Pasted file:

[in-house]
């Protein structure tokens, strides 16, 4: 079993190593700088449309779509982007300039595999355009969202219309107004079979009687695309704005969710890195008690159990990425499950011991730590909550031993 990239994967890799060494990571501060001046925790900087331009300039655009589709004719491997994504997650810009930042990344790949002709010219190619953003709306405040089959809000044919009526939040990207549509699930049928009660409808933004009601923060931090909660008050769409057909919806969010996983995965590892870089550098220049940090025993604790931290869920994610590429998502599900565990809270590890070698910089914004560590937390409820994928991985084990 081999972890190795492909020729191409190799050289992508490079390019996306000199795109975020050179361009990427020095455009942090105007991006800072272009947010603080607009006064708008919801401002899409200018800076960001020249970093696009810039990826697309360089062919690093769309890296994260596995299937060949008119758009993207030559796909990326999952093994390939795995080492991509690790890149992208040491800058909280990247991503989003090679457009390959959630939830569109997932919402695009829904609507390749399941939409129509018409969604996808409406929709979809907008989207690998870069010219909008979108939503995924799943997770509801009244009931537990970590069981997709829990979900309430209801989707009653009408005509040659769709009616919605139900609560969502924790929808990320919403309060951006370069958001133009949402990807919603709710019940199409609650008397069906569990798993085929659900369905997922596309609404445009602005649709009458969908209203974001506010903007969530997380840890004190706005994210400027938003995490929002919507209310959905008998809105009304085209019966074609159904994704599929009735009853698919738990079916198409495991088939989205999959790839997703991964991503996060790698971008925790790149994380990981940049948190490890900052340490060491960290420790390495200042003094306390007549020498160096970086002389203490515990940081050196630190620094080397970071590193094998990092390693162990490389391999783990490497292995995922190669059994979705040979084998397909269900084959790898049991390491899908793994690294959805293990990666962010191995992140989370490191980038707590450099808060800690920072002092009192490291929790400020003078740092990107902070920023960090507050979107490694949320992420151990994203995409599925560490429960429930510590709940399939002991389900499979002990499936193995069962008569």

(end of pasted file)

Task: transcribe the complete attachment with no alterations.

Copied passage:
[in-house]
């Protein structure tokens, strides 16, 4: 079993190593700088449309779509982007300039595999355009969202219309107004079979009687695309704005969710890195008690159990990425499950011991730590909550031993 990239994967890799060494990571501060001046925790900087331009300039655009589709004719491997994504997650810009930042990344790949002709010219190619953003709306405040089959809000044919009526939040990207549509699930049928009660409808933004009601923060931090909660008050769409057909919806969010996983995965590892870089550098220049940090025993604790931290869920994610590429998502599900565990809270590890070698910089914004560590937390409820994928991985084990 081999972890190795492909020729191409190799050289992508490079390019996306000199795109975020050179361009990427020095455009942090105007991006800072272009947010603080607009006064708008919801401002899409200018800076960001020249970093696009810039990826697309360089062919690093769309890296994260596995299937060949008119758009993207030559796909990326999952093994390939795995080492991509690790890149992208040491800058909280990247991503989003090679457009390959959630939830569109997932919402695009829904609507390749399941939409129509018409969604996808409406929709979809907008989207690998870069010219909008979108939503995924799943997770509801009244009931537990970590069981997709829990979900309430209801989707009653009408005509040659769709009616919605139900609560969502924790929808990320919403309060951006370069958001133009949402990807919603709710019940199409609650008397069906569990798993085929659900369905997922596309609404445009602005649709009458969908209203974001506010903007969530997380840890004190706005994210400027938003995490929002919507209310959905008998809105009304085209019966074609159904994704599929009735009853698919738990079916198409495991088939989205999959790839997703991964991503996060790698971008925790790149994380990981940049948190490890900052340490060491960290420790390495200042003094306390007549020498160096970086002389203490515990940081050196630190620094080397970071590193094998990092390693162990490389391999783990490497292995995922190669059994979705040979084998397909269900084959790898049991390491899908793994690294959805293990990666962010191995992140989370490191980038707590450099808060800690920072002092009192490291929790400020003078740092990107902070920023960090507050979107490694949320992420151990994203995409599925560490429960429930510590709940399939002991389900499979002990499936193995069962008569």